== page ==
“Back! Back to your own place! Your time is not yet come. Wait! Have patience! Tonight is mine. Tomorrow night is yours!”
There was a low, sweet ripple of laughter, and in a rage I threw open the door, and saw without the three terrible women licking their lips. As I appeared, they all joined in a horrible laugh, and ran away.
I came back to my room and threw myself on my knees. It is then so near the end? Tomorrow! Tomorrow! Lord, help me, and those to whom I am dear!
30 June.—These may be the last words I ever write in this diary. I slept till just before the dawn, and when I woke threw myself on my knees, for I determined that if Death came he should find me ready.
At last I felt that subtle change in the air, and knew that the morning had come. Then came the welcome cockcrow, and I felt that I was safe. With a glad heart, I opened the door and ran down the hall. I had seen that the door was unlocked, and now escape was before me. With hands that trembled with eagerness, I unhooked the chains and threw back the massive bolts.
But the door would not move. Despair seized me. I pulled and pulled at the door, and shook it till, massive as it was, it rattled in its casement. I could see the bolt shot. It had been locked after I left the Count.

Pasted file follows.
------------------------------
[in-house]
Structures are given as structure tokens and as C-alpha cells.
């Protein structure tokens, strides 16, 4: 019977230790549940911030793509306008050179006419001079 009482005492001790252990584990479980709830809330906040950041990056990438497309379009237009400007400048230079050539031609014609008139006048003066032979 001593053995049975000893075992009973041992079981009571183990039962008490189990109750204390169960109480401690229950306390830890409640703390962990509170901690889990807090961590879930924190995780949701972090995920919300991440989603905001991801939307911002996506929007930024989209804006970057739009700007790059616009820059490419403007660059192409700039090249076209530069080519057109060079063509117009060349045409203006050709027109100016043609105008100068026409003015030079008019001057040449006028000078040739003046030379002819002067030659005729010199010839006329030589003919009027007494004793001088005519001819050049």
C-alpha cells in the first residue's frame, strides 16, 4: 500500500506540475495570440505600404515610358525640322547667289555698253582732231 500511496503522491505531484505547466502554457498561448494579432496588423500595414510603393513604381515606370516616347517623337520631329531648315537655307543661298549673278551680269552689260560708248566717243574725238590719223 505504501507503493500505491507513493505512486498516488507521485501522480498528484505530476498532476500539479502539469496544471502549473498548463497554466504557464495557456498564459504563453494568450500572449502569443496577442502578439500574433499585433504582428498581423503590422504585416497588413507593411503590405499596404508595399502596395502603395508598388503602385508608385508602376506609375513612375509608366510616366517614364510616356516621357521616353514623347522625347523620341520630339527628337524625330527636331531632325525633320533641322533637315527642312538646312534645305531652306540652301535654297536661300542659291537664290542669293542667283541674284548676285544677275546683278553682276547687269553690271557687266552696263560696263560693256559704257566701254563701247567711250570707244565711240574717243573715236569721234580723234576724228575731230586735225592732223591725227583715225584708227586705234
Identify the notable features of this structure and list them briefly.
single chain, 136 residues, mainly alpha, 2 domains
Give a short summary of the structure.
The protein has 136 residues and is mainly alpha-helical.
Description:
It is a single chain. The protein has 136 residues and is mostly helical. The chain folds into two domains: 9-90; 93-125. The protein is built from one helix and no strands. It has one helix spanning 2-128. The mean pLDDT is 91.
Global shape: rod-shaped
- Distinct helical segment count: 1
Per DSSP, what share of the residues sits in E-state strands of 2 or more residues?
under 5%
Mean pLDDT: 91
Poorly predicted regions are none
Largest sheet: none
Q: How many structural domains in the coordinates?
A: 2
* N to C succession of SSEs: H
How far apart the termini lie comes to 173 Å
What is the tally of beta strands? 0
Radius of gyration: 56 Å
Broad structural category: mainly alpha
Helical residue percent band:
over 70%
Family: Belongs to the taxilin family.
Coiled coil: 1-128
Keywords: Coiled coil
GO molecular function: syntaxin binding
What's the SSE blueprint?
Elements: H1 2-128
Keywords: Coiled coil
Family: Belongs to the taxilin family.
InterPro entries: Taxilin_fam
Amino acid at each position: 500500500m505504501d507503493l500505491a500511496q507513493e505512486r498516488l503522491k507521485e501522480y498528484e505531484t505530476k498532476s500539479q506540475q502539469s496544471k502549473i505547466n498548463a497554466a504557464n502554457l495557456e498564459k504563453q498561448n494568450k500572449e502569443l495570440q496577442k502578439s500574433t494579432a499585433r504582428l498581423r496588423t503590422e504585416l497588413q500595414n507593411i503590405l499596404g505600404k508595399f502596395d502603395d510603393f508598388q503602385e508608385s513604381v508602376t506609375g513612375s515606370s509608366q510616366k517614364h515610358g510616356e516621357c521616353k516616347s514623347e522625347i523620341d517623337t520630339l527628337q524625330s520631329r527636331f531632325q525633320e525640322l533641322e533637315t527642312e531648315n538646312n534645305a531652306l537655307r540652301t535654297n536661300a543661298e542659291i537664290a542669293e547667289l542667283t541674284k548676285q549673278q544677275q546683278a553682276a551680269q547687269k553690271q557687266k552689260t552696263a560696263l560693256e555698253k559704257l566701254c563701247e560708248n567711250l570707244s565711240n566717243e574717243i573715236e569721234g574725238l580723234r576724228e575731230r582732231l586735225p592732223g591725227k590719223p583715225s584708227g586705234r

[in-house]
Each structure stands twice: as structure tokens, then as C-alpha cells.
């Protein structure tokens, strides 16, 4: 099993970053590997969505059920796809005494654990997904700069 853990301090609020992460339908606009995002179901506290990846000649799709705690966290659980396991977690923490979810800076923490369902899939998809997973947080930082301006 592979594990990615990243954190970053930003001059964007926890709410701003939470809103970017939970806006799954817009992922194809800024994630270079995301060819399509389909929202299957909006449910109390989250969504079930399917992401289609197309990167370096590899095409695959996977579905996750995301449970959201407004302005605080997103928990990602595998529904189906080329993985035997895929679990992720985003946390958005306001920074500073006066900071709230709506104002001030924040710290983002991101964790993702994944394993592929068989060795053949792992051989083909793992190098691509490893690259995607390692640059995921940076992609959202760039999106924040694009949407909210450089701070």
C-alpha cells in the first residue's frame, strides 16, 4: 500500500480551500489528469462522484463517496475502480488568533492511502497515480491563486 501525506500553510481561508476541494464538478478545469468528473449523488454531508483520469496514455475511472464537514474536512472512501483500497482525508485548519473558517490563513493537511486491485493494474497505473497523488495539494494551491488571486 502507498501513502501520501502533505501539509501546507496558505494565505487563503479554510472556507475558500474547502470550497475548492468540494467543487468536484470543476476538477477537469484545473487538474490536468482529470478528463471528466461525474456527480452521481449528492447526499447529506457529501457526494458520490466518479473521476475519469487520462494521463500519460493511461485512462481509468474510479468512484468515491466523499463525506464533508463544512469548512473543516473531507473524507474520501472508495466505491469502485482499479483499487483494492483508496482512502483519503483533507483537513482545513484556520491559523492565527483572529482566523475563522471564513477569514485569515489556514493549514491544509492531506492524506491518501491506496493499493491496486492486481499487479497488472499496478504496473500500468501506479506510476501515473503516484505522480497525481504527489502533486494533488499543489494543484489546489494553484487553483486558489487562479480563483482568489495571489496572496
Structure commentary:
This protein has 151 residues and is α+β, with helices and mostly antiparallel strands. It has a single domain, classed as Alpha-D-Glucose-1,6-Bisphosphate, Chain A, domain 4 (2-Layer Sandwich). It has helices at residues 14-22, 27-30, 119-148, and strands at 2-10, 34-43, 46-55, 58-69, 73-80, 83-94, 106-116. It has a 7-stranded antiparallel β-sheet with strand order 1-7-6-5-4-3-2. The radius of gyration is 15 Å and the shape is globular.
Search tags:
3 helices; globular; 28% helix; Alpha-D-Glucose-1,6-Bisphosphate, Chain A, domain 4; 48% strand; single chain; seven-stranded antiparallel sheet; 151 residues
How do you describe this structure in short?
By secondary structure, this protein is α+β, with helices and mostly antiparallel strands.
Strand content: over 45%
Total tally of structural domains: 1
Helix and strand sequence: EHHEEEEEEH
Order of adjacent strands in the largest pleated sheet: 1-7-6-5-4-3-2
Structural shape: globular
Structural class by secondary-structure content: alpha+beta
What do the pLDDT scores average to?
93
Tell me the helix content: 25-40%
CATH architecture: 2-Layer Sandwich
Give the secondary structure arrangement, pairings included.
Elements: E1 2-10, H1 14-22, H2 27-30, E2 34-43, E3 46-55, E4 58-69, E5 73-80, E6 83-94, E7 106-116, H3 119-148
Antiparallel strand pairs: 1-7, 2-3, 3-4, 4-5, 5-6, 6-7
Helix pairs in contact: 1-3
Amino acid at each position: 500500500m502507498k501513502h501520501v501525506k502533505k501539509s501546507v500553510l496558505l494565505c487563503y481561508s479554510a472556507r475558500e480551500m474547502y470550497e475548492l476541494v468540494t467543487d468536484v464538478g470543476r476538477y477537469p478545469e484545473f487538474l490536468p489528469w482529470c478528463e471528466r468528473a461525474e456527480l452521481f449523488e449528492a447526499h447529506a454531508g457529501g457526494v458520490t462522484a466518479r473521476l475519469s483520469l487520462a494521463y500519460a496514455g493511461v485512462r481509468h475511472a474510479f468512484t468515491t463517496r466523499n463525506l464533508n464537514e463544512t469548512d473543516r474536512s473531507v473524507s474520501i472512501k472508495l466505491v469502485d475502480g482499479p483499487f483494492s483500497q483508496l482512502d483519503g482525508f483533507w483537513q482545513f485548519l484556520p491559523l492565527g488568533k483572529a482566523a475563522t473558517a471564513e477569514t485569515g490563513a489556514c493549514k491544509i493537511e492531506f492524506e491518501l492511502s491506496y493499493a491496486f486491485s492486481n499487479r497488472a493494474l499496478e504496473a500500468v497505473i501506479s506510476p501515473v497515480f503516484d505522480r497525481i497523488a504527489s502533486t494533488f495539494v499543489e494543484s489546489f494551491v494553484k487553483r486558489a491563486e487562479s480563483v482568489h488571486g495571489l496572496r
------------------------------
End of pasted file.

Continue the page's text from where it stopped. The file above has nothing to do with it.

Then a wild desire took me to obtain the key at any risk, and I determined then and there to scale the wall again, and gain the Count’s room. He might kill me, but death now seemed the happier choice of evils. Without a pause I rushed up to the east window, and scrambled down the wall, as before, into the Count’s room. It was empty, but that was as I expected. I could not see a key anywhere, but the heap of gold remained. I went through the door in the corner and down the winding stair and along the dark passage to the old chapel. I knew now well enough where to find the monster I sought.
The great box was in the same place, close against the wall, but the lid was laid on it, not fastened down, but with the nails ready in their places to be hammered home.
I knew I must reach the body for the key, so I raised the lid, and laid it back against the wall. And then I saw something which filled my very soul with horror. There lay the Count, but looking as if his youth had been half restored. For the white hair and moustache were changed to dark iron-grey. The cheeks were fuller, and the white skin seemed ruby-red underneath. The mouth was redder than ever, for on the lips were gouts of fresh blood, which trickled from the corners of the mouth and ran down over the chin and neck. Even the deep, burning eyes seemed set amongst swollen flesh, for the lids and pouches underneath were bloated. It seemed as if the whole awful creature were simply gorged with blood. He lay like a filthy leech, exhausted with his repletion.